There is a parable about a man who crossed a wide river in a canoe. When he arrived at the other side of the river, and set out to continue the remainder of his journey on land, rather than continuing to carry it on his shoulders up and down mountains and canyons, he left the canoe at the water’s edge He left it because it had served its purpose for the portion of his journey for which it was useful.*
There are over 7 billion people in this world, it is unlikely we're all going to see things the same way, it's unlikely we're going to travel the same path up the mountain. But I think that's okay, because I believe that there is strength and value in a diversity of perspectives. Rust and I have lived in a lot of different places, among a lot of unique cultures and religions. As we've met people who are different than us and who have a different set of morals or values than we do, we have gained helpful insights and have come to a broader, deeper, fuller understanding about life than we could have on our own.
I didn't support marriage equality until I met a gay person and could see and feel the love she had for her partner. I spoke poorly of illegal immigrants until I met a mom, who so much like myself, wants the best for her children. I mocked democrats until I realized that they were voting their consciences as much as I was. In short, I hurt people because I didn't know them, and I didn't take the time to know them or understand them, I just assumed they were wrong because they were taking a different path up the mountain.
I am a better person for knowing so many of you.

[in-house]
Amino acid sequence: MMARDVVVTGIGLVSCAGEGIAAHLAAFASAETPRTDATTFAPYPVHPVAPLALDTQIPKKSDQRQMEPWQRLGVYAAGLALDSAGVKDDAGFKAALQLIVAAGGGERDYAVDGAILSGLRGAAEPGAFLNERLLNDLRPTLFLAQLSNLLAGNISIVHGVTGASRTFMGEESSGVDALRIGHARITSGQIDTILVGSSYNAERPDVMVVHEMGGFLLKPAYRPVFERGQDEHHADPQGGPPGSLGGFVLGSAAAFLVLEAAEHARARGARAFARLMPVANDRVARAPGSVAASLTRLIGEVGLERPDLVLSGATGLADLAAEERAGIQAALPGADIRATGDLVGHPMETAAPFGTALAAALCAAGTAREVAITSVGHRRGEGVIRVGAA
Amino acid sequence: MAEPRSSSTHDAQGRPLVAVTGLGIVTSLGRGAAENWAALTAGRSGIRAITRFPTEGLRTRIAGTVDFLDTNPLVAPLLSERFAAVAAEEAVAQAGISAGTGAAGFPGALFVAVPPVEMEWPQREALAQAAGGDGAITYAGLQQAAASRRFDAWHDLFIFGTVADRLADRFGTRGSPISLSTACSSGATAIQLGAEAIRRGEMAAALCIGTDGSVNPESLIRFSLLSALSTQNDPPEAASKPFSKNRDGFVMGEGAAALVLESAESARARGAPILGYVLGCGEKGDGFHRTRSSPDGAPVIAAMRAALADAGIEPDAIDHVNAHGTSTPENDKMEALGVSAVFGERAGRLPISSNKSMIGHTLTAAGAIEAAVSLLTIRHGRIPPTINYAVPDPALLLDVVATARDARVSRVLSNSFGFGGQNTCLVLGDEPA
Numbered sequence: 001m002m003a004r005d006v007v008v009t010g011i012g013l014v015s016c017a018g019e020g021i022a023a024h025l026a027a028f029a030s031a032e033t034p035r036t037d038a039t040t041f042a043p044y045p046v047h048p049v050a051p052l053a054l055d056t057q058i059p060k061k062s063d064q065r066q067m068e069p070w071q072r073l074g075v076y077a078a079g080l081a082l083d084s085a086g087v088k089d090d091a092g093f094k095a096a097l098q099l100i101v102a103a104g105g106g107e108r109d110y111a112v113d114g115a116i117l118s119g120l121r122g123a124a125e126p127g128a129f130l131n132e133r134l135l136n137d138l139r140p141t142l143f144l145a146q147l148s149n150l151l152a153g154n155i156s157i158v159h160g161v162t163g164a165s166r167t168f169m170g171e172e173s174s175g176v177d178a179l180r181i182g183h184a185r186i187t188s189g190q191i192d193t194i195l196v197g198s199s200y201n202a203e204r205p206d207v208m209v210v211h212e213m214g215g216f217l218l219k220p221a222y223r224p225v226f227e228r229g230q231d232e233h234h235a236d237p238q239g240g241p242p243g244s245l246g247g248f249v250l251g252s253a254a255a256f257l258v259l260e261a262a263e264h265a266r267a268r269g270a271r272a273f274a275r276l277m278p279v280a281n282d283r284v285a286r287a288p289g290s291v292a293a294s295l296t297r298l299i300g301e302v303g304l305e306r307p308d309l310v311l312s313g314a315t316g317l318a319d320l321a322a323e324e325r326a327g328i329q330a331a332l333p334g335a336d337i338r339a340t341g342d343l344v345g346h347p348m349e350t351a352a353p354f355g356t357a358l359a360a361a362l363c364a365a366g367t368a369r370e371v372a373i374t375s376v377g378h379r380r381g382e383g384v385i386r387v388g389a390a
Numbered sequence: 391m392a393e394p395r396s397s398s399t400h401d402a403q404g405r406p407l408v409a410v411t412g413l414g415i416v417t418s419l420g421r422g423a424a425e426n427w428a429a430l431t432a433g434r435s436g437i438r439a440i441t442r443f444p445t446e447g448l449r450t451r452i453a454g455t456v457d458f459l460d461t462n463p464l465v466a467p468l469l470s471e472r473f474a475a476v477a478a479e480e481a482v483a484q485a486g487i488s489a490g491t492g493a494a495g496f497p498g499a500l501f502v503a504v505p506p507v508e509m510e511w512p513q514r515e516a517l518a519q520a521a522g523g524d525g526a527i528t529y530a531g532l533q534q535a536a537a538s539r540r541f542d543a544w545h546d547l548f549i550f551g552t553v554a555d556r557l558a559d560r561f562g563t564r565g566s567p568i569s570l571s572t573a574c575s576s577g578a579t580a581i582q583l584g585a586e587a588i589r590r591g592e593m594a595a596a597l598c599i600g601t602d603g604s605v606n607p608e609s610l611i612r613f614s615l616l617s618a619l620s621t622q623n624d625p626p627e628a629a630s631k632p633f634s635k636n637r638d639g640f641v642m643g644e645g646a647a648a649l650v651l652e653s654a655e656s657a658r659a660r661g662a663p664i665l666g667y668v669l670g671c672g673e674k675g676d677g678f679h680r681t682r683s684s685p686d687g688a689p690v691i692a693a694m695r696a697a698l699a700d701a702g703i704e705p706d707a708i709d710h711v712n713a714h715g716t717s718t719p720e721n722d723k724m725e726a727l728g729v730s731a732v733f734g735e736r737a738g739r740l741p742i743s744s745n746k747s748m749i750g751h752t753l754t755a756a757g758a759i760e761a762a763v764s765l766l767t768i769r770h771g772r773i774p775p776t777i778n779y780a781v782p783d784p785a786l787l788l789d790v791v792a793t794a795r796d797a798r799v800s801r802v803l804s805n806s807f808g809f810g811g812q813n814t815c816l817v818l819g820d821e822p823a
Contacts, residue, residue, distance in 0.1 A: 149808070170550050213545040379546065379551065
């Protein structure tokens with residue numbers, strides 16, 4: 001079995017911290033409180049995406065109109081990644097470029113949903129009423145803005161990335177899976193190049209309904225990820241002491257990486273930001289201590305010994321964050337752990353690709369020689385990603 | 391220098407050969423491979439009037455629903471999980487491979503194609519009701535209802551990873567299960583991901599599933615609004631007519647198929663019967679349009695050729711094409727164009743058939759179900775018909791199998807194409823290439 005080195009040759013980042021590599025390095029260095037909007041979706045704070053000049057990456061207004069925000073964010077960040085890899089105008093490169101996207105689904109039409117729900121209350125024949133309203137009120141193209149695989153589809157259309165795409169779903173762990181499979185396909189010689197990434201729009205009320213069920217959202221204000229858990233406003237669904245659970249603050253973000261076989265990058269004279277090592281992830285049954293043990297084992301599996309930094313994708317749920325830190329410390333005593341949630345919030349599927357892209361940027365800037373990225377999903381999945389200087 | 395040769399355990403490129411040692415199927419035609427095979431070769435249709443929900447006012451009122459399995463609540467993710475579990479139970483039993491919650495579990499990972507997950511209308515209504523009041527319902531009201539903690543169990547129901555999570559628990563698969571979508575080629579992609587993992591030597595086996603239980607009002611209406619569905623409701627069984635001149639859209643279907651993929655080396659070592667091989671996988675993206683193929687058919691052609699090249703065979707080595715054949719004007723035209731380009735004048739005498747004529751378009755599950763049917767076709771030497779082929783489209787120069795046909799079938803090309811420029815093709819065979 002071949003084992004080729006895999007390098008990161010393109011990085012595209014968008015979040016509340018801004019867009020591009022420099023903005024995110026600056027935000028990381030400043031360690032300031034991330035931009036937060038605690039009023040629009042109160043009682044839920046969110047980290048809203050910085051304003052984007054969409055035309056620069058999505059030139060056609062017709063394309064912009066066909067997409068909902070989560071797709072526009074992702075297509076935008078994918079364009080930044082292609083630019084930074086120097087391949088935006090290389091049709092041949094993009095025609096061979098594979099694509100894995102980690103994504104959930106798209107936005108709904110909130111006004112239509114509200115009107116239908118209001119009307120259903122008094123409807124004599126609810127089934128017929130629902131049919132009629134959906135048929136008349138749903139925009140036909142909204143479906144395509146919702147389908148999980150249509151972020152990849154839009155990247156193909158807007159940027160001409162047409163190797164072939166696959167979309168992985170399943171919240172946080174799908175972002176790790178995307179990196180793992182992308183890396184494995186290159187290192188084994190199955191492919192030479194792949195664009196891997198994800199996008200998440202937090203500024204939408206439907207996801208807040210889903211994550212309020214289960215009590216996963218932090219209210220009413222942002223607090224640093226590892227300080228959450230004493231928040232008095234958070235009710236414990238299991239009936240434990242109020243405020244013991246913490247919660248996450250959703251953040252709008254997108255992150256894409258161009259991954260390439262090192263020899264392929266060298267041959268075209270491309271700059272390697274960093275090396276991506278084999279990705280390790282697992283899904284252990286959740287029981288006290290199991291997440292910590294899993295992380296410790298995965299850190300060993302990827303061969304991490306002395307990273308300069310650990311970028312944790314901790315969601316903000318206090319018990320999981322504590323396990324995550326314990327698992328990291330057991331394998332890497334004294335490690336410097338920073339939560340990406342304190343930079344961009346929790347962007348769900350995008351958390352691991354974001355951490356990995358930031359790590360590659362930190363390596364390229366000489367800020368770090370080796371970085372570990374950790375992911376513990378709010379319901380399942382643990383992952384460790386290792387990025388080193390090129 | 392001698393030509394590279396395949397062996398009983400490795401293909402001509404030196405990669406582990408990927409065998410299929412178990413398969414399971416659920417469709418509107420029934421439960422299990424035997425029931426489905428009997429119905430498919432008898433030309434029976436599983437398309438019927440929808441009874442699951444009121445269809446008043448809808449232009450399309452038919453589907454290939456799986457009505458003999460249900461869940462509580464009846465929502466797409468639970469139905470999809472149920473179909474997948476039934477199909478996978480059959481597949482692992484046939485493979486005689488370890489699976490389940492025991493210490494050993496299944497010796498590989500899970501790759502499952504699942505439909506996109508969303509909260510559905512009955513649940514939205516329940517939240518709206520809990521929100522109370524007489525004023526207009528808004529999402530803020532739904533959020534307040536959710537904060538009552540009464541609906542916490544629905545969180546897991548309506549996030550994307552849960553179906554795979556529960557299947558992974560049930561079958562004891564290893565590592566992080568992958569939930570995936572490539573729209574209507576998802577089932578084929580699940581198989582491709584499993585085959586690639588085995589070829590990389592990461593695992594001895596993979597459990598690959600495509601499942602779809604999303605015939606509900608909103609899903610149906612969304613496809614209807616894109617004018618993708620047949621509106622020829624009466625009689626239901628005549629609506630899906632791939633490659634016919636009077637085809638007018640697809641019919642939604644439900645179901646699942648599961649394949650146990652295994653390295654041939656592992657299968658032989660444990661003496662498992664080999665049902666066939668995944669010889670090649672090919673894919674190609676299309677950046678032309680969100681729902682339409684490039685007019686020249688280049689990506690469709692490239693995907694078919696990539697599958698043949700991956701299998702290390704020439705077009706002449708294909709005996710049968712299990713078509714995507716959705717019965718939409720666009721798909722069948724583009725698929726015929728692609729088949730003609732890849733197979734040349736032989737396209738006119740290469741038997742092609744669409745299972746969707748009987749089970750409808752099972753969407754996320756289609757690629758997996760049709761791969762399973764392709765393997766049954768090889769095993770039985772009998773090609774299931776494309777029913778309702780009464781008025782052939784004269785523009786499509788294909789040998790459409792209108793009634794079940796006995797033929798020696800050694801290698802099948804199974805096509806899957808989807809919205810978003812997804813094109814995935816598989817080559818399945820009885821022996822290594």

But we will never have unity, we will never have peace, we will never become one, if we all just close our minds, cover our ears, and remain cloistered within our separate schools of thought, zealously advocating for the supremacy of our own at the expense of all others.*
And I've felt that expense. I wrote earlier this year about how Rustin and I took our children and left our canoes at the side of the river. We looked at the landscape around us and it seems more fitting to leave it at the water's edge as we continue our journey. It is a different path than so many of our friends and family are on, but we know it is right and we have never been more happy. The most that any just, merciful, and loving God can expect from us is to live in accordance with what we believe is right and true as best as we’ve been able to figure that out. We are doing that, and we have a peaceful conscience. My heart and mind are not troubled about where we are today.*
People think I lost my faith when I left Mormonism. I feel I found it. I have faith that I can make things happen in my life. That my destiny lies within me. I'm confident in my ability to use my judgment to choose good over evil and make 'moral' decisions in my life without an organization or person trying to tell me what that is. I have faith that people (and especially my children) can be good, honest, true, generous and loving much more easily and readily without fear-mongering, and hope of a greater reward. I have faith people can still make good choices when they are freely given all choices. I believe in the higher power of love. The power of humans to 'do good' for each other.